Kelly DJ, Hartman C, Graham J, Kallen MA, Giordiano TP. Social support as a predictor of early diagnosis, linkage, retention and adherence to HIV care: results from The Steps Study. J Assoc Nurses AIDS Care. 2014;25(5):405–413.
Catz SL, Kelly JA, Bogart LM, Benotsch EG, McAuliffe TL. Patterns, correlates, and barriers to medication adherence among persons prescribed new treatments for HIV disease. Health Psychol. 2000;19(2):124–133.
Katz IT, Ryu AE, Onuegbu AG, et al. Impact of HIV-related stigma on treatment adherence: systematic review and meta-synthesis. J Int AIDS Soc. 2013;16(3 Suppl 2):18640.
Ingersoll KS, Heckman CJ. Patient-clinician relationships and treatment system effects on HIV medication adherence. AIDS Behav. 2005;9(1):89–101.
Flickinger TE, Saha S, Moore RD, Beach MC. Higher quality communication and relationships are associated with improved patient engagement in HIV care. J Acquir Immune Defic Syndr. 2013;63(3):362–366.
Kalichman SC, Pope H, White D, et al. Association between health literacy and HIV treatment adherence: further evidence from objectively measured medication adherence. J Int Assoc Physicians AIDS Care. 2008;7(6):317–323.
Kremer H, Ironson G, Porr M. Spiritual and mind-body beliefs as barriers and motivators to HIV-treatment decision-making and medication adherence? A qualitative study. AIDS Patient Care STDS. 2009;23(2):127–134.
Beusterien KM, Dziekan K, Flood E, Harding G, Jordan JC. Understanding patient preferences for HIV medications using adaptive conjoint analysis: feasibility assessment. Value Health. 2005;8(4):453–461.
Lancsar E, Louviere J. Conducting discrete choice experiments to inform healthcare decision making: a user’s guide. Pharmacoeconomics. 2008;26(8):661–677.
Reed Johnson F, Lancsar E, Marshall D, et al. Constructing experimental designs for discrete-choice experiments: report of the ISPOR Conjoint Analysis Experimental Design Good Research Practices Task Force. Value Health. 2013;16(1):3–13.
Ryan GW, Wagner GJ. Pill taking “routinization”: a critical factor to understanding episodic medication adherence. AIDS Care. 2003;15(6):795–806.
Pearmain D, Swanson J, Kroes E, Bradley M. Stated Preference Techniques: A Guide to Practice. 2nd ed. The Hague: Steer Davies Gleave and Hague Consulting Group; 1991.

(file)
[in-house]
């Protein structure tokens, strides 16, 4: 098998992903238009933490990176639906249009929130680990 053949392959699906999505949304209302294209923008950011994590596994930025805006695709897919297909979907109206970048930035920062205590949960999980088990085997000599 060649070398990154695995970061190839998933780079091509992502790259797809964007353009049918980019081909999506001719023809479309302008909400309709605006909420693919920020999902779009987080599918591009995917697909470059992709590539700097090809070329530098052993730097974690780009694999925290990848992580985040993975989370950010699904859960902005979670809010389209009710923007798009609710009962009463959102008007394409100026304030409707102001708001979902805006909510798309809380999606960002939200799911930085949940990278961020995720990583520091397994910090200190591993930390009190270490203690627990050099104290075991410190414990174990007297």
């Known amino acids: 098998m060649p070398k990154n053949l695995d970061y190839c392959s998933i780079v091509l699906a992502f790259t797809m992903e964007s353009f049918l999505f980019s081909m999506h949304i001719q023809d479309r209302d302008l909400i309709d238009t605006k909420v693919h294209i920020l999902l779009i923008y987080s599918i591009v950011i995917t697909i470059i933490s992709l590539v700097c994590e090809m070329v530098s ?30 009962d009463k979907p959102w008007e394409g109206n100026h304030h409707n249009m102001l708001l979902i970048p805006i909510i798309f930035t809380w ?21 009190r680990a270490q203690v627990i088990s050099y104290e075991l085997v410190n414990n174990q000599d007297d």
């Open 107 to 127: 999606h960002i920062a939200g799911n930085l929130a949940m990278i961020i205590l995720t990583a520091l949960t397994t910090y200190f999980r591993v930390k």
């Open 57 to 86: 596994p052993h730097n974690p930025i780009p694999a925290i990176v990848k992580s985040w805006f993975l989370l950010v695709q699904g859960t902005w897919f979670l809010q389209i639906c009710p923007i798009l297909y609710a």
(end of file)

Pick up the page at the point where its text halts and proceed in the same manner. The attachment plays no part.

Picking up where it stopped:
Rothman M, Burke L, Erickson P, Leidy NK, Patrick DL, Petrie CD. Use of existing patient-reported outcome (PRO) instruments and their modification: the ISPOR good research practices for evaluating and documenting content validity for the use of existing instruments and their modification PRO task force report. Value Health. 2009;12(8):1075–1083.
Guidance for Industry. Patient-Reported Outcome Measures: use in medical product development to support labelling claims. 2009. Available from: www.fda.gov/downloads/Drugs/Guidances/UCM193282.pdf. Accessed April 11, 2016.
Gibbs G. Analyzing Qualitative Data (Qualitative Research Kit). London, USA: Sage; 2007.
Kerr C, Nixon A, Wild D. Assessing and demonstrating data saturation in qualitative inquiry supporting patient-reported outcomes research. Expert Rev Pharmacoecon Outcomes Res. 2010;10(3):269–281.
Glaser B, Strauss A. The Discovery of Grounded Theory: Strategies for Qualitative Research. Chicago, IL: Aldine Publishing Company; 1967.
Schouten J, Wit FW, Stolte IG, et al. Cross-sectional comparison of the prevalence of age-associated comorbidities and their risk factors between HIV-infected and uninfected individuals: the AGEhIV cohort study. Clin Infect Dis. 2014;59(12):1787–1797.
Smit M, Brinkman K, Geerlings S, et al. Future challenges for clinical care of an ageing population infected with HIV: a modelling study. Lancet Infect Dis. 2015;15(7):810–818.
Mühlbacher AC, Stoll M, Mahlich J, Nübling M. Patient preferences for HIV/AIDS therapy – a discrete choice experiment. Health Econ Rev. 2013;3(1):14.
Dray-Spira RM, Aubrière C, Marcellin F, et al. Health status of people living with HIV followed at hospital in metropolitan France in 2011 and characteristics of those recently diagnosed. Results of the ANRS-VESPA2 Study. Bulletin épidémiologique hebdomadaire n°26–27 du 2 juillet 2013, Available from: http://invs.santepubliquefrance.fr//beh/2013/27/2013_26-27_1.html. Accessed July 20, 2015.
This work is published and licensed by Dove Medical Press Limited. The full terms of this license are available at https://www.dovepress.com/terms.php and incorporate the Creative Commons Attribution - Non Commercial (unported, v3.0) License. By accessing the work you hereby accept the Terms. Non-commercial uses of the work are permitted without any further permission from Dove Medical Press Limited, provided the work is properly attributed. For permission for commercial use of this work, please see paragraphs 4.2 and 5 of our Terms.Download Article [PDF]